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DreamWorks Animation Q2 Earnings Fall Short of Estimates, SEC Investigation Revealed

DreamWorks Animation says it is cooperating with an ongoing SEC investigation regarding the $13.5 million film inventories write down it took on “Turbo” in February. Katzenberg and the other execs on the Tuesday afternoon conference call would not comment further on the matter.

Immediately after the announcement, shares were down 8.9%.

This news comes on the heels of the studio’s reported loss of 18 cents per share, a net loss of $15.4 million. Analysts had predicted a drop of two cents per share.

This marks the second consecutive impairment for the animation studio. Year over year, DreamWorks Animation revenue dropped 31% to $147.2 million in the first quarter of 2014, a net loss of $43 million. That’s primarily due to the soft box office performance of “Mr. Peabody & Sherman.” The quarter prior, revenue dropped 23%.

During the call, DreamWorks said that it has purchased distribution rights to all its feature films prior to 2013 from Paramount and going forward, those films will be handled by Fox.

Expectations for the studio’s second quarter began dropping in the month leading up to the company’s announcement.

“How to Train Your Dragon 2” has grossed $424 million to date globally, but is seen as having underperformed as it has only contributed $2.6 million in feature film revenue. The first film in the franchise grossed a total of $494.8 million worldwide.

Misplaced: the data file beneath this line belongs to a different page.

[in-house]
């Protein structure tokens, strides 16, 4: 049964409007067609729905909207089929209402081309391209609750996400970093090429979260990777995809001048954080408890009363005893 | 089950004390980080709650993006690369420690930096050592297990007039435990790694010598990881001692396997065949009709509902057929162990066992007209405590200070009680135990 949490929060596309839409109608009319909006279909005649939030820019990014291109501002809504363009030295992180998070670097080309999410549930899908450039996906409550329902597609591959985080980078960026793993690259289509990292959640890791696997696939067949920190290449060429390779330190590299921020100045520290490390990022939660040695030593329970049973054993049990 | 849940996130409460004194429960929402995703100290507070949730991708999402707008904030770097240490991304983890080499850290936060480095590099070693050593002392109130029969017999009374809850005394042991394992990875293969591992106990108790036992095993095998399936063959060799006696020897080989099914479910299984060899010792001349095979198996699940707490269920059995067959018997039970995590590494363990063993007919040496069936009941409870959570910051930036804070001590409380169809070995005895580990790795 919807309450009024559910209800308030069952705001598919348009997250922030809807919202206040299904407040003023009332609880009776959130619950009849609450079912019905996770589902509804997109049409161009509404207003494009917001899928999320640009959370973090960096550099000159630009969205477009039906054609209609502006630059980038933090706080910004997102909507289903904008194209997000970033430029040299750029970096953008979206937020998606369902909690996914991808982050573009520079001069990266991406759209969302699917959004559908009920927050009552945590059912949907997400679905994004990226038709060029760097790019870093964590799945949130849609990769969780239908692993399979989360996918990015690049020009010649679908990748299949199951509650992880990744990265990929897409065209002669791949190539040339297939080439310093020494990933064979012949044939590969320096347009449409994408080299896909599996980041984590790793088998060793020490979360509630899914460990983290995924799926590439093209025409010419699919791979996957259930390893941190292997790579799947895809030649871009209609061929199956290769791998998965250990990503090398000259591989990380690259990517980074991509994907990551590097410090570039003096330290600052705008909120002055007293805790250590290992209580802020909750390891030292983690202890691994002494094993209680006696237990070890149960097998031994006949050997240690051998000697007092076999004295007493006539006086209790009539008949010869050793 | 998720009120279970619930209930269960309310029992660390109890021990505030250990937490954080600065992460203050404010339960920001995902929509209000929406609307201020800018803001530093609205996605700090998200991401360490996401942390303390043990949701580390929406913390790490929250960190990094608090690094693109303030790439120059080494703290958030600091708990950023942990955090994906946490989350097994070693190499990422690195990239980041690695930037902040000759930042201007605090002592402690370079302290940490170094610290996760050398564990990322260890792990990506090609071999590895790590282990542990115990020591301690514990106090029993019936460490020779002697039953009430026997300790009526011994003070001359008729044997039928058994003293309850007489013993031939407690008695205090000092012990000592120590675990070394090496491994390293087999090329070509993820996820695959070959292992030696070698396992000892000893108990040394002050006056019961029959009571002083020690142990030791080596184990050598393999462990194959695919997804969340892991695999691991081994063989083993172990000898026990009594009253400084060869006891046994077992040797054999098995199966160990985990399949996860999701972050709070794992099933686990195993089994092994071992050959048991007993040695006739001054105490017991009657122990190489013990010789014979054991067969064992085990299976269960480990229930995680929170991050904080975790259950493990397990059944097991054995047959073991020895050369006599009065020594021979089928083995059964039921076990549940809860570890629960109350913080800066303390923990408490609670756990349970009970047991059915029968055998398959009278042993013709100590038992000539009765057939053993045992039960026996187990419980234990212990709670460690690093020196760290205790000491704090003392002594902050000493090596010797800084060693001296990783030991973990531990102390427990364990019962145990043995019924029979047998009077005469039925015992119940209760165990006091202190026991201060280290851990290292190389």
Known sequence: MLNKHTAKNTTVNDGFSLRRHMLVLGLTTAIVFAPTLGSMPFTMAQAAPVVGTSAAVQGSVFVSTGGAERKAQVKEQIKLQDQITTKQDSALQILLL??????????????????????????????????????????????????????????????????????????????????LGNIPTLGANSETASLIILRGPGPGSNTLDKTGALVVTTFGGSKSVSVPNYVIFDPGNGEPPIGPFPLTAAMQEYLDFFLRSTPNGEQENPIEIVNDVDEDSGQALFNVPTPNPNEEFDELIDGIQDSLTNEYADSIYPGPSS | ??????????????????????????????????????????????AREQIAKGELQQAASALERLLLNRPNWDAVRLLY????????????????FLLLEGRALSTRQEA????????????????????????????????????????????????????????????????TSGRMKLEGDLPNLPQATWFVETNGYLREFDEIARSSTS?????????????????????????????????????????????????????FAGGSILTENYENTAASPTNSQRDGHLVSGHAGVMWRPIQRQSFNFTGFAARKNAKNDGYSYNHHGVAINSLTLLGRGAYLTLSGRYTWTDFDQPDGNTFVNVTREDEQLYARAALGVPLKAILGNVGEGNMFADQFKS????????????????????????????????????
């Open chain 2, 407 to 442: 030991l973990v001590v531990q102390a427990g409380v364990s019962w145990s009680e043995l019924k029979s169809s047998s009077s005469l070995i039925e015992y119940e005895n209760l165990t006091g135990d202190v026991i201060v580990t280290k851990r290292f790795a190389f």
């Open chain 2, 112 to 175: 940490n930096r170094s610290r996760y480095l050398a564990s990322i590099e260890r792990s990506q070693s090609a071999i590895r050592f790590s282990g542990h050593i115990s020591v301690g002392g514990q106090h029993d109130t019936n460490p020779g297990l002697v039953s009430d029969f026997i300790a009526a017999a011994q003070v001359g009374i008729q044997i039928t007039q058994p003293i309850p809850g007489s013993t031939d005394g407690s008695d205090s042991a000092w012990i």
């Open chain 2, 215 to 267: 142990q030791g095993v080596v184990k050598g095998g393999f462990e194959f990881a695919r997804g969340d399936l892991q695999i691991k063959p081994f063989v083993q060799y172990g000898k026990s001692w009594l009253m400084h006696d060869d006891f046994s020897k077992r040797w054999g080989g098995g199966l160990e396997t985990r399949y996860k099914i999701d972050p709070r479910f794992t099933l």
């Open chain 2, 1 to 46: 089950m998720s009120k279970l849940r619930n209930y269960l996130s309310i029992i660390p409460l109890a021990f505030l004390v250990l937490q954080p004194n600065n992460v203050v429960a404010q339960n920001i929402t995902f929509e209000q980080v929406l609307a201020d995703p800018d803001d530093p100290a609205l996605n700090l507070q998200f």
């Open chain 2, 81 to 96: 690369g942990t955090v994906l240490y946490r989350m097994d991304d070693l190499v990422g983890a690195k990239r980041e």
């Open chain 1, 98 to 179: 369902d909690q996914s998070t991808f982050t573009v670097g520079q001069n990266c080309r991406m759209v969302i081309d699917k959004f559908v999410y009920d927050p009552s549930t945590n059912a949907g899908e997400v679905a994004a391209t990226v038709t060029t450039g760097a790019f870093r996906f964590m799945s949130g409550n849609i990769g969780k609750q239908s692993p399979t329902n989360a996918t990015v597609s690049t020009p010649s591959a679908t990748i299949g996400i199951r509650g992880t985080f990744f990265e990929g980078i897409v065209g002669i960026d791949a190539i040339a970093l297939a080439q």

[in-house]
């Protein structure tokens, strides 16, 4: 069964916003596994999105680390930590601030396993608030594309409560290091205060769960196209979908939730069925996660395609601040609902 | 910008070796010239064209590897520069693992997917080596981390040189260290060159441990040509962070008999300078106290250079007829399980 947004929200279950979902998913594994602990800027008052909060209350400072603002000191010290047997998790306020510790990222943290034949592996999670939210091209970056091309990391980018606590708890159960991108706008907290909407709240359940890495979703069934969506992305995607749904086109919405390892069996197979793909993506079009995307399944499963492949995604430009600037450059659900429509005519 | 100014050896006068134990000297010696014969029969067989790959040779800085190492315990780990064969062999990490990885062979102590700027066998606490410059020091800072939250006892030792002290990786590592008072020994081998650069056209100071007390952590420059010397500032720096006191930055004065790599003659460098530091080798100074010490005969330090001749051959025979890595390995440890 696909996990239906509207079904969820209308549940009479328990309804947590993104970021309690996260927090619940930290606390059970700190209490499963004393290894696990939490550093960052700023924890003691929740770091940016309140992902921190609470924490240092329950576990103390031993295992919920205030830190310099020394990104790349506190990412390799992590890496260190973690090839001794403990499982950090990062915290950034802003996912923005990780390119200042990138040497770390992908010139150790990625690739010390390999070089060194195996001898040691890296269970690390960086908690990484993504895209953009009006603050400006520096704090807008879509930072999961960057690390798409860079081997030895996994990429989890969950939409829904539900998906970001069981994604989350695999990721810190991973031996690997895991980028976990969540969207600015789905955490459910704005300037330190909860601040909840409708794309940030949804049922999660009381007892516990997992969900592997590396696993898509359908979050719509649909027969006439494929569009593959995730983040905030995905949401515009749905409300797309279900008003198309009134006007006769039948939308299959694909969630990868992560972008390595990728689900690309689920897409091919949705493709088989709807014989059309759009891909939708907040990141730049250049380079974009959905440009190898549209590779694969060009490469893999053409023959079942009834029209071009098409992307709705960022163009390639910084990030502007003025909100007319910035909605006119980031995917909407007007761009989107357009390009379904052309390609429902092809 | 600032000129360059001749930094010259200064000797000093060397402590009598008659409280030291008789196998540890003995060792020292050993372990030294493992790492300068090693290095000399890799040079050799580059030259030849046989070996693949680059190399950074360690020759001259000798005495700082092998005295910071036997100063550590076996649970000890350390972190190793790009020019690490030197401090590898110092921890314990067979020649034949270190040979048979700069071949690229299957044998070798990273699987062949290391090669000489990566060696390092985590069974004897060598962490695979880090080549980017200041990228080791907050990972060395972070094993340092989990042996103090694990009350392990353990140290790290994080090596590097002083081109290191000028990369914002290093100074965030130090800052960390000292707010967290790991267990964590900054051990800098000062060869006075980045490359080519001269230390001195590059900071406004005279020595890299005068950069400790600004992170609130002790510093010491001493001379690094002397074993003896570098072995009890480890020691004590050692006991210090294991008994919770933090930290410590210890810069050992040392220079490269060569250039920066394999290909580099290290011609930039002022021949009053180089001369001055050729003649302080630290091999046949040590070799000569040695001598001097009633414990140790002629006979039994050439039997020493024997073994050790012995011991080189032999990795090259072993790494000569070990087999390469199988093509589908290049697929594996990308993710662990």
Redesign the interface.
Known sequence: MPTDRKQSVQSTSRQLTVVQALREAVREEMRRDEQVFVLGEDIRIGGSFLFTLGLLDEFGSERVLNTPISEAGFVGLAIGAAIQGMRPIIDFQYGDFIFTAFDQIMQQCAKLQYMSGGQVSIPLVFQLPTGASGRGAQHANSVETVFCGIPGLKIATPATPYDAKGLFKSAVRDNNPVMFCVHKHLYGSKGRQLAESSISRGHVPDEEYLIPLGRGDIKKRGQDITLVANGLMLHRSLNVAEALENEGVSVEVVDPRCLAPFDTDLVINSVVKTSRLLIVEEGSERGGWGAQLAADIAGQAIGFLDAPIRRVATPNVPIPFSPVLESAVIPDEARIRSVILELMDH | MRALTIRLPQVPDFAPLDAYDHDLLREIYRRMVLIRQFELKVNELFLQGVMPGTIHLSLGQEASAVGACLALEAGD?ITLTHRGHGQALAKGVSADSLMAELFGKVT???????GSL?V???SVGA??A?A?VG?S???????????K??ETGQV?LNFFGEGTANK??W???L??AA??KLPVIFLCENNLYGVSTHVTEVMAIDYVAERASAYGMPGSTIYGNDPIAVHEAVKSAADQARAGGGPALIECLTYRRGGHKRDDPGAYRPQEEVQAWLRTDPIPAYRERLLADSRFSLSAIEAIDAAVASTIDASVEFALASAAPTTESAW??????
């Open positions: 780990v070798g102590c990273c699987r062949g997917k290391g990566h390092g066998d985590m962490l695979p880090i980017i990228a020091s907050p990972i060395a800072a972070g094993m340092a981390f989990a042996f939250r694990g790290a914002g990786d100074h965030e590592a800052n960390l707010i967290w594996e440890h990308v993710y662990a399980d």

DreamWorks Animation CEO Jeffrey Katzenberg said on the call that the movie business is “not secular but cyclical,” and noted that DreamWorks is competing against more movies then it had in the past.

He maintained that the studio will continue to put out two to three films per year, but noted that he and other execs are currently “working on a very different business model” for original films “on a very different scale altogether.” He would not elaborate further.

The studio’s upcoming releases, “Penguins of Madagascar” and “Home,” have both had their respective production budgets boosted to $135 million, Katzenberg also noted.

The feature film segment contributed revenue of $69.7 million and gross profit of $23.9 million to the second quarter.

The studio took out $100 million on revolver from its $400 million line of credit to fund television production. Execs on the call said that location-based entertainment, digital media, consumer products and its over-the-top family channel would be the primary key growth areas for the remainder of 2014.

The studio has been looking to diversify, acquiring AwesomenessTV and launching DreamWorksTV on YouTube. On Monday, the studio hired former Disney executive Mark Zoradi as COO. DreamWorks Animation also promoted Ann Daly to president and added vice chairman to CFO Lew Coleman’s duties.

[This post has been updated.]

 

 

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